Make Good Art


The problem with creating and embracing art, for me, is that I soak so much of it in, I don’t always know how to process it and put it back out there.  I feel it.  And I want to close my eyes really tight and explode it all back out onto the page.  I usually don’t know how to share my art, so I internalize the words and images I dream up and push it back down and try to forget the bitter disappointment I have in myself for not expressing it.  But after so many years, so many artists dates, it permeates my life to such an extent that I can’t hold it in. 

I somehow gathered up the courage to stop waiting until I was ready – whatever that means anyway – and start sharing, imperfect as it may be.  What’s my fear?  That no one will look at it.  That everyone will look and will laugh at it.  That the “real” photographers and writers will scoff at this woman who dares call herself that, without having a professional website, professional equipment, professional pricing.  That the people who got degrees in literature and journalism and writing would see me as something second class.  That people may start to get a glimpse of who I really am and decide they don’t like that person.  It’s so much easier to fake it than to be yourself. 


“Who would I be if I did?  Who would I be if I didn’t?”

I’ve been consistently culling and editing my photo library for the past month and posting a photo a day on Instagram of my travels.  I made a Facebook Page as another way to share my work.  Doubt, of course, creeps back in and I find myself asking why.  Why am I sharing this?  Why do I care if anyone sees it?  “Make Good Art” was the unsolicited reply.  As I reread Neil Gaiman’s commencement speech from 2012, it felt like he was talking to me. 

“When you start out on a career in the arts you have no idea what you are doing.”  Check.  I feel like an imposter all the time.

“If you have an idea of what you want to make, what you were put here to do, then just go and do that.”  Mission accepted.  I have no idea what I’m doing.  I don’t have a plan.  I have “guidelines,” but I’m making this shit up every day.  It feels like what I need to do.  And maybe no more than half a dozen people who are related to me will ever care, but I’ll know I tried.  I’d be lying if I said I didn’t care how many Instagram views or blog comments I get.  I do care.  When I care too much I walk away and focus on the art and the inspiration and when I remember why I love it I start to share it again.  But I can’t fail to share out of fear. 

Gaiman’s third point: “When you start off, you have to deal with the problems of failure. You need to be thickskinned, to learn that not every project will survive. A freelance life, a life in the arts, is sometimes like putting messages in bottles, on a desert island, and hoping that someone will find one of your bottles and open it and read it, and put something in a bottle that will wash its way back to you: appreciation, or a commission, or money, or love. And you have to accept that you may put out a hundred things for every bottle that winds up coming back.”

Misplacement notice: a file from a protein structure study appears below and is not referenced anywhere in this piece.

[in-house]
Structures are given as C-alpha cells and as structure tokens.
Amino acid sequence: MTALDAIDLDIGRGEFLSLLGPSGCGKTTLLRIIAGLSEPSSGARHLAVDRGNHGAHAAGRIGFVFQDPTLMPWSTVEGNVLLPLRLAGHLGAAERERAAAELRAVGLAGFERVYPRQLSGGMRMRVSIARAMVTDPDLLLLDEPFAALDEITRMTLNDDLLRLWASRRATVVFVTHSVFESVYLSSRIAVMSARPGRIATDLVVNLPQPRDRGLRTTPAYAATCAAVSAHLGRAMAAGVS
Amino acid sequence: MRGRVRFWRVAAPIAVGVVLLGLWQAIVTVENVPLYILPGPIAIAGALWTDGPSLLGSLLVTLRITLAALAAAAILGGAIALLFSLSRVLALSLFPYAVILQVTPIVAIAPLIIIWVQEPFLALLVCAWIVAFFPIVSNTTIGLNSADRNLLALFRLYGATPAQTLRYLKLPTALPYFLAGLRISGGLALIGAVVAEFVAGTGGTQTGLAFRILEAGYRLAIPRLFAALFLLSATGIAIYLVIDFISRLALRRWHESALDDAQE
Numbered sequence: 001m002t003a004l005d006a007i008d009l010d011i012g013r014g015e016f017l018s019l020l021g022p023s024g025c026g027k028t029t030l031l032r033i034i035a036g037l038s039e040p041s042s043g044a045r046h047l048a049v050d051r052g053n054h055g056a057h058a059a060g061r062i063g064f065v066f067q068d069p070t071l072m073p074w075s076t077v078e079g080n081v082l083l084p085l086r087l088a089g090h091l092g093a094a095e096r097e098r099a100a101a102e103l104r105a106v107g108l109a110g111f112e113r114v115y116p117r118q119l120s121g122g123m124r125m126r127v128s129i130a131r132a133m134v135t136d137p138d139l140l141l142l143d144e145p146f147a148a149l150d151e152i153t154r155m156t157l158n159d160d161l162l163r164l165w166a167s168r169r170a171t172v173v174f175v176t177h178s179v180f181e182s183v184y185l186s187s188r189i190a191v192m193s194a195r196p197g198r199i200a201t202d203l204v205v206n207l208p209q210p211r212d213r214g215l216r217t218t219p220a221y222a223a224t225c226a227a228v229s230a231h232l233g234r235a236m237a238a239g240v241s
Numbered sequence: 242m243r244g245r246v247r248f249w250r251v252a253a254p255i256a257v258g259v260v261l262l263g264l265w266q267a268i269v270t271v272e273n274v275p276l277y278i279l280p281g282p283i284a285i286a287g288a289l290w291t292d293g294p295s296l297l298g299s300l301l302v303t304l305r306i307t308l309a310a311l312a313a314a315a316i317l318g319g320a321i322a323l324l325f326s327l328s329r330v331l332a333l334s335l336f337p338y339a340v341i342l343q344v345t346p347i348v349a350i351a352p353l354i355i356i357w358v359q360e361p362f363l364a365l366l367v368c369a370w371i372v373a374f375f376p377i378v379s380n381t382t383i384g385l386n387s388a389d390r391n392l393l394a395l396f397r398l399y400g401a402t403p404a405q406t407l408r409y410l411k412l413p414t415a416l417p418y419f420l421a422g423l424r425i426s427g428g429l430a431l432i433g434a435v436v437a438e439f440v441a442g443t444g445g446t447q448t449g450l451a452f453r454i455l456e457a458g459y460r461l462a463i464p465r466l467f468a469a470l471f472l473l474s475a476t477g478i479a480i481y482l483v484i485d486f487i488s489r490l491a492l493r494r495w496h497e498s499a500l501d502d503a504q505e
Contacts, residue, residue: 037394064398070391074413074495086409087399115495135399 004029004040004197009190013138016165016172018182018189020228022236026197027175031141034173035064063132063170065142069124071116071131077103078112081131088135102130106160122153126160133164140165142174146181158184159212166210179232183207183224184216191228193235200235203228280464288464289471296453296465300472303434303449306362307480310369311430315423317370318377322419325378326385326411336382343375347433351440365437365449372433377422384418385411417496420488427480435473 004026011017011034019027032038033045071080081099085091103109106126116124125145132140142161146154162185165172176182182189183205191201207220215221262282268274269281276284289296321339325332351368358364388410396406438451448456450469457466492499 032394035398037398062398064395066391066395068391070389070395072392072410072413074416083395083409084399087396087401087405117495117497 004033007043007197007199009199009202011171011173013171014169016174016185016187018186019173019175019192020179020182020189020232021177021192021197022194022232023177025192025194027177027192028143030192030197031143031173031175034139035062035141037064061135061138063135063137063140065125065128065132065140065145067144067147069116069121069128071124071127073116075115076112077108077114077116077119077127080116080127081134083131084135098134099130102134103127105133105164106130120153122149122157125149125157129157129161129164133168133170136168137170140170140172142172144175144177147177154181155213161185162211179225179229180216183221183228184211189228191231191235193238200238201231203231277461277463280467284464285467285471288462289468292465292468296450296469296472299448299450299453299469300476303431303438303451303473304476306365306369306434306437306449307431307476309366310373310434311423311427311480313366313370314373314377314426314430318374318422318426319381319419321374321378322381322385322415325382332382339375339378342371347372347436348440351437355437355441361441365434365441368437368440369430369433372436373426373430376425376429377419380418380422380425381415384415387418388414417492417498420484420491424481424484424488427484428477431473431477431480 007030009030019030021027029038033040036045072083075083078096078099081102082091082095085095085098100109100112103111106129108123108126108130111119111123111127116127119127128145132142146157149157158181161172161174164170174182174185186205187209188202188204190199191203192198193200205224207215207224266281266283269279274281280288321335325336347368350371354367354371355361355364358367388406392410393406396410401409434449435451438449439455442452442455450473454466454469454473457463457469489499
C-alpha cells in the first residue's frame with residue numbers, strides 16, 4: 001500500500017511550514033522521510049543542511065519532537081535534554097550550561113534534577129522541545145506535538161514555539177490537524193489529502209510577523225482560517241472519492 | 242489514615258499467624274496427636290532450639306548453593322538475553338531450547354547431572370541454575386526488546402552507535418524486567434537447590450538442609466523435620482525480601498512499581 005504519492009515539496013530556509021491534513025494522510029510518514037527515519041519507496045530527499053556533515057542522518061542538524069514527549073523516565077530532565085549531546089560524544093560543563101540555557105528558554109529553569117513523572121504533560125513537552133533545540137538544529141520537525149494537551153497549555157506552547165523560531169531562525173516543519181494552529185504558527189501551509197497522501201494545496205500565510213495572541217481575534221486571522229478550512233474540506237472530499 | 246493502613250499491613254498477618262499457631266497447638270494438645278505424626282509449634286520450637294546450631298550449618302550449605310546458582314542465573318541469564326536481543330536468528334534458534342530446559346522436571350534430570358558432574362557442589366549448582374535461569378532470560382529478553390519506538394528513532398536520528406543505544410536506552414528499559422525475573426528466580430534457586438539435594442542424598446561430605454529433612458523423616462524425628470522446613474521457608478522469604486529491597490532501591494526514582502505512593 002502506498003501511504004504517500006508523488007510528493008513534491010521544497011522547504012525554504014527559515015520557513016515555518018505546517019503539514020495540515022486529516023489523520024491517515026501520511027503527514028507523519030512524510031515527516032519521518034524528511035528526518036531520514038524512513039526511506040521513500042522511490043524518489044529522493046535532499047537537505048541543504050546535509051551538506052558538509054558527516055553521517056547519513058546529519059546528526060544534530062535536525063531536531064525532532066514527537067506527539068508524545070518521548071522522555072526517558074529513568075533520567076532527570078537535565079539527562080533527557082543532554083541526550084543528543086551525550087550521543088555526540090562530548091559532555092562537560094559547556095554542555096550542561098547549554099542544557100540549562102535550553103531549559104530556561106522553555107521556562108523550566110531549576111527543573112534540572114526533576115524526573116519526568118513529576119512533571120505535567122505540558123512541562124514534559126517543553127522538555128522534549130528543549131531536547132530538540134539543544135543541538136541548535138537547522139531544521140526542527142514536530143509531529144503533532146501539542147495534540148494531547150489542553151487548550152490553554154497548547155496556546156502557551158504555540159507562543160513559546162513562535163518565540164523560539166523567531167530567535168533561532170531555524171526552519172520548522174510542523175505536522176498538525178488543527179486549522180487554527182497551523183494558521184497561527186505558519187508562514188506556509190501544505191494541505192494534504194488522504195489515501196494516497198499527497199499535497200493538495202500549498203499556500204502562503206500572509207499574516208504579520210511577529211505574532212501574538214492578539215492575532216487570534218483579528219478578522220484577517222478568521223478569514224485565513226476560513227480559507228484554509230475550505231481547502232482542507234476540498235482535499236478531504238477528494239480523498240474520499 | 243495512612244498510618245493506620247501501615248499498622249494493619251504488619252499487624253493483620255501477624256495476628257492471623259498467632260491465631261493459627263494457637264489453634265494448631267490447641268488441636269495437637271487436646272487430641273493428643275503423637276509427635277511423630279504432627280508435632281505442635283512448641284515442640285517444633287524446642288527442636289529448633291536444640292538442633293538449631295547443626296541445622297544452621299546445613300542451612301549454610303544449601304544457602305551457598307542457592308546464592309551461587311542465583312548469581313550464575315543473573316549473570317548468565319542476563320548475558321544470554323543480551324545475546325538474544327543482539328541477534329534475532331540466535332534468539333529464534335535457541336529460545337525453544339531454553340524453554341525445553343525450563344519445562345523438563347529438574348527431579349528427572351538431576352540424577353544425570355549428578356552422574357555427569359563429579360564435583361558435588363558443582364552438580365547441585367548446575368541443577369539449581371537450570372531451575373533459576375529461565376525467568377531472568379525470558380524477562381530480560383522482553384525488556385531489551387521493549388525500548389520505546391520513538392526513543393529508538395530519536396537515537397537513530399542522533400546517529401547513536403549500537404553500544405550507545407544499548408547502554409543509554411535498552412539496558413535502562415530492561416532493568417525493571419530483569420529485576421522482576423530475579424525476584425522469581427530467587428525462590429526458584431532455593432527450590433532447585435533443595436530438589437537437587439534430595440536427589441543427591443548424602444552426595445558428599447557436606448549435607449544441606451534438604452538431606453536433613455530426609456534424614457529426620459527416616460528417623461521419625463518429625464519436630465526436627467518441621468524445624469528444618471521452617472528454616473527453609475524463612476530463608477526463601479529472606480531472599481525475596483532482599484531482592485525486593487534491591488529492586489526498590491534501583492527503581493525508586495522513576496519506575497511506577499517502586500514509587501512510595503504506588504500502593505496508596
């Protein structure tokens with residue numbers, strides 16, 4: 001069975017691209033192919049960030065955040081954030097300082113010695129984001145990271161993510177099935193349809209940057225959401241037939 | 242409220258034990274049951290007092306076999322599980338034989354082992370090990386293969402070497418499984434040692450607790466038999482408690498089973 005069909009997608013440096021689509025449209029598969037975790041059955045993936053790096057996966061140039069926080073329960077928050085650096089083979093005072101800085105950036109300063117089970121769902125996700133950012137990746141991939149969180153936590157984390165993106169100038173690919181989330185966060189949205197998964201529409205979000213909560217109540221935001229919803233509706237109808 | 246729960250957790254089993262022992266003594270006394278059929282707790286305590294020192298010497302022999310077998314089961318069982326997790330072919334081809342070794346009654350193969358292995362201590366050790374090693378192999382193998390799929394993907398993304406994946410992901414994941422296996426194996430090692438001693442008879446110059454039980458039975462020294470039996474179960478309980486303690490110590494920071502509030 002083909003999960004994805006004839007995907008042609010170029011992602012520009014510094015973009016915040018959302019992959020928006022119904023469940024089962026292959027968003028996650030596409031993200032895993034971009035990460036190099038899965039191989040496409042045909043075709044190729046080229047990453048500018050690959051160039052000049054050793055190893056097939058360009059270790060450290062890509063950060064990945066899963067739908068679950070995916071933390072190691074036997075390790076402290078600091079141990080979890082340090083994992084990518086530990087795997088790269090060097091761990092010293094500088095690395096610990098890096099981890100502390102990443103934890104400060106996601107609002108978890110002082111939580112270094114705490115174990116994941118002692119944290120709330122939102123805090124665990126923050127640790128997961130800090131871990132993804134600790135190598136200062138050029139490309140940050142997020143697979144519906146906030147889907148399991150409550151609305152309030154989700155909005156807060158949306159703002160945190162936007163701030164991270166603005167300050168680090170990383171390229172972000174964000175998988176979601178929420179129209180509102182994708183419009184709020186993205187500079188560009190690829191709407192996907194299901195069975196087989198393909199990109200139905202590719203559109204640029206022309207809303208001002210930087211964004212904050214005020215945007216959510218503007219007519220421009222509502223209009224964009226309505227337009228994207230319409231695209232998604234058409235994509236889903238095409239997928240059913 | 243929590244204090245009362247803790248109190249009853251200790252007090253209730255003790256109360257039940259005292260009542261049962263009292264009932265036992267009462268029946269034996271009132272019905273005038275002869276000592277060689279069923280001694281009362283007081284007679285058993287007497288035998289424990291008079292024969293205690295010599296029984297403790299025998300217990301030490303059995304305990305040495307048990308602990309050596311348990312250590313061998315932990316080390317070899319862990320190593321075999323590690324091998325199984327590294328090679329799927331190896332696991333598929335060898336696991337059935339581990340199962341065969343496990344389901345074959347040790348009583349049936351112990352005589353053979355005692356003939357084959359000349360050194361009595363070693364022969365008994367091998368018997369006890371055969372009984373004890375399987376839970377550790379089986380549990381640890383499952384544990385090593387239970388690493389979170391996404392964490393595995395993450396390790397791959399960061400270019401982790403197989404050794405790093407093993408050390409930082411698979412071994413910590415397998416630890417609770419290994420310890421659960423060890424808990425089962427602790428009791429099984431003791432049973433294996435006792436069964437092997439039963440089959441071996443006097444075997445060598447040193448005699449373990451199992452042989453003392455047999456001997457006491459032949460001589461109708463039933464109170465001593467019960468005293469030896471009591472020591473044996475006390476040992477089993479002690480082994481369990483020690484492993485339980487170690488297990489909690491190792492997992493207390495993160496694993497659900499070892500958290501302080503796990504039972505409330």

I’ve submitted to two photo contests this month.  Likely I won’t hear anything back.  But I put that bottle out there.  Two of my photos have been shared on Instagram and I was as excited as if I HAD won a contest.

What it comes down to is, I want to make good art.  When I’m the only person who looks at it, when I don’t have a five-year plan, when professional goals and networking make my stomach flip, when I feel like a fraud, when I feel hopeless and scared and unoriginal, I want to make good art because even if you feel like you’ve seen it all, you haven’t seen it through my eyes, my lens, my voice, my perspective. 


Last month I was planning my trip to Oregon, and along the Google Map of the highway, I saw a marker for the Bridge of the Gods.  The last scene in the book Wild.  It was while reading that book on a plane over the west coast just two years ago that made me realize I was waiting for my life to materialize in front of me instead of doing something to make the life I wanted, even if I didn’t yet know what that was.  I ask myself Cheryl’s same questions every day: “What if what made me do all those things everyone thought I shouldn’t have done was also what had got me here?  What if I was never redeemed?  What if I already was?”

I travel alone to let art and experience permeate me without interruption, except by life itself.  All these questions of life and art and sharing something of myself were rolling around in my mind when I pulled up to the Bridge.  It was raining, a low fog over the river, wrapping around me like a shroud to keep me safe, allowing me to experience the moment and giving me permission to share it in a way entirely my own. 

I don’t have to know what I’m doing, I just have to do it.  To trust that all these thoughts and ideas running through me will come out in some way.  Some way expressive of me.  And that I don’t really have to explain it.  If it touches you, you’ll know. 


The beauty of these final words stayed with me all day, as they do most days.

“It was all unknown to me then, as I sat on that white bench the day I finished my hike.  Everything except that I didn’t have to know.  That it was enough to trust that what I’d done was true.  To understand its meaning without yet being able to say precisely what it was, like all those lines from The Dream of a Common Language that had run through my nights and days.  To believe that I didn’t need to reach with my bare hands anymore.  To know that seeing the fish beneath the surface of the water was enough.  That it was everything.  It was my life – like all live, mysterious and irrevocable and sacred.  So very close, so very present, so very belonging to me.  How wild it was, to let it be.”